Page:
Playing with the big boys naturally requires bigger toys. Even after about thirty minutes into the game you are already boasting a shotgun with explosive shells and it just gets more fierce from that point on. A nice part of the bigger toys is the wider availability of helicopters. They are a handy tool to travel fast and are good for a million other reason like outrunning the cops, landing somewhere near an impossible sniping spot or just making a big-ass explosion but they do come with a small flaw. The mid-air or helicopter versus boat battles are really hard but fortunately, there are only few. Speaking of big weapons, there’s a tank in there too! Top this off with a P90 and sticky-bombs and we have ourselves a party.

Next to the “living it large” style of play, The Ballad has some tweaks to the original game too. After each mission, you get a score and a target score. If you finish the game, you can replay all the missions to get a perfect score. The game also includes 15 base jumping spots on the minimap and you can duke out 25 Drug Wars side quests. These missions actually reveal a bit of your old live as they usually start with your childhood friends asking for a hand. If you still aren’t entertained enough, there is also a fight club or you can go and roam around ‘your’ two bars in Algonquin, Liberty City’s version of Manhattan. Just going for a dance mini-game or a drink is quite entertaining but managing the club is just a chore. You walk around and toss out troublemakers, without getting to fight them.

“Episodes” also contains two multiplayer versions and in that part, “The Lost and Damned” is the winner, hands down. While The Ballad offers little extra compared to the original except for the weapons and base jumps, L&D has nearly all modes adjusted to fit the biker style of the episode. While the original multi gets a bit chaotic after a while and using vehicles gets harder and harder, the L&D modes really profit from driving the bikes and doing drive-by’s. You won’t be confronted with a camping sniper as fast because the bikes are just too much fun. There are some awesome new modes in there too and people particularly seem to like the “Chopper vs Chopper” one. In this two-player mode, one player is racing on a chopper along a difficult track with checkpoints while the second player is flying a helicopter trying to blow the first one to bits and pieces. Really fun, balanced and adrenaline pumping if you ask me.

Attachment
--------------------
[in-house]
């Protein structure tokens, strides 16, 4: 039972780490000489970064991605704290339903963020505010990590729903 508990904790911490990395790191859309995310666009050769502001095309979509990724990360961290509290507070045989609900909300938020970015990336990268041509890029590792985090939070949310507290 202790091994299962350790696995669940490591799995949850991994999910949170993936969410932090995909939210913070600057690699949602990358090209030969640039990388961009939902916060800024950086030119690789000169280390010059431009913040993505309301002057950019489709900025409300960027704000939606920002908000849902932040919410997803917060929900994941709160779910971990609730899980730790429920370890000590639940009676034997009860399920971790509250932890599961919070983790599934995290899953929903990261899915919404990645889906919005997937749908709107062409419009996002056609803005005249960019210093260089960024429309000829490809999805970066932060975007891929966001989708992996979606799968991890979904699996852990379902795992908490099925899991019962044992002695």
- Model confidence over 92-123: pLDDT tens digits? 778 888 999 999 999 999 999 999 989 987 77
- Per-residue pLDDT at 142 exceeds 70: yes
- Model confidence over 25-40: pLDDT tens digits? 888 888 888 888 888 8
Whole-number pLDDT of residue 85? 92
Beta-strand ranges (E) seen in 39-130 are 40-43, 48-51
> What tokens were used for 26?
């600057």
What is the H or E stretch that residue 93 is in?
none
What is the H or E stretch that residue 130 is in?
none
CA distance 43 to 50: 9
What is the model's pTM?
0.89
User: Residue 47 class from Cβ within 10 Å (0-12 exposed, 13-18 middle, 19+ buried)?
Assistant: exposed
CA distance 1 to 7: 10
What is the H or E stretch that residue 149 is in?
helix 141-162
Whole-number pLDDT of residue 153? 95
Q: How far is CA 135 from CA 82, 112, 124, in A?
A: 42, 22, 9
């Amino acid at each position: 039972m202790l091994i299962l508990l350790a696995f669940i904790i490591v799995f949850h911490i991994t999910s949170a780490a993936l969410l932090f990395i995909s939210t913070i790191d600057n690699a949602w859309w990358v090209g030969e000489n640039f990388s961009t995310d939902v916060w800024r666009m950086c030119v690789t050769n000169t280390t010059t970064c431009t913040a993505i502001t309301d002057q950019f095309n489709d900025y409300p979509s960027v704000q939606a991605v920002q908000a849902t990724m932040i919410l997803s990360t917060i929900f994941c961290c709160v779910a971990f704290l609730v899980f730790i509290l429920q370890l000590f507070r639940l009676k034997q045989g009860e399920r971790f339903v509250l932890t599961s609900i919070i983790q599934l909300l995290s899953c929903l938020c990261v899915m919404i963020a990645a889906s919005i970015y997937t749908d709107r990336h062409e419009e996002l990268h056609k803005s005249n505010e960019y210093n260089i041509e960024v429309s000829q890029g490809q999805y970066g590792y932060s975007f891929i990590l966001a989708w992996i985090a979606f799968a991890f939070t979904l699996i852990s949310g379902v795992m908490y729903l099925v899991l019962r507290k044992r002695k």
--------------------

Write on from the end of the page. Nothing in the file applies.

What can one say about “Episodes from Liberty City”? Well, at first I thought this was just another way to cash in on the DLC-mania that these next-gen consoles suffer from but really, at the price-point of about half a 360 game, you get 20 hours of storyline and enough content to keep you busy for days. Add the fact that the multiplayer from the first add-on is actually better than the original and you can’t conclude anything else than this being a great title. If you didn’t already download the episodes or don’t even own the original GTA IV then this is a true must-have title in your collection. You can even score both GTA IV and this title for about 50 Euro so what are you still doing here reading?

Our Score:
related game: Grand Theft Auto: Episodes from Liberty City
posted in: Reviews, Rockstar Games, X360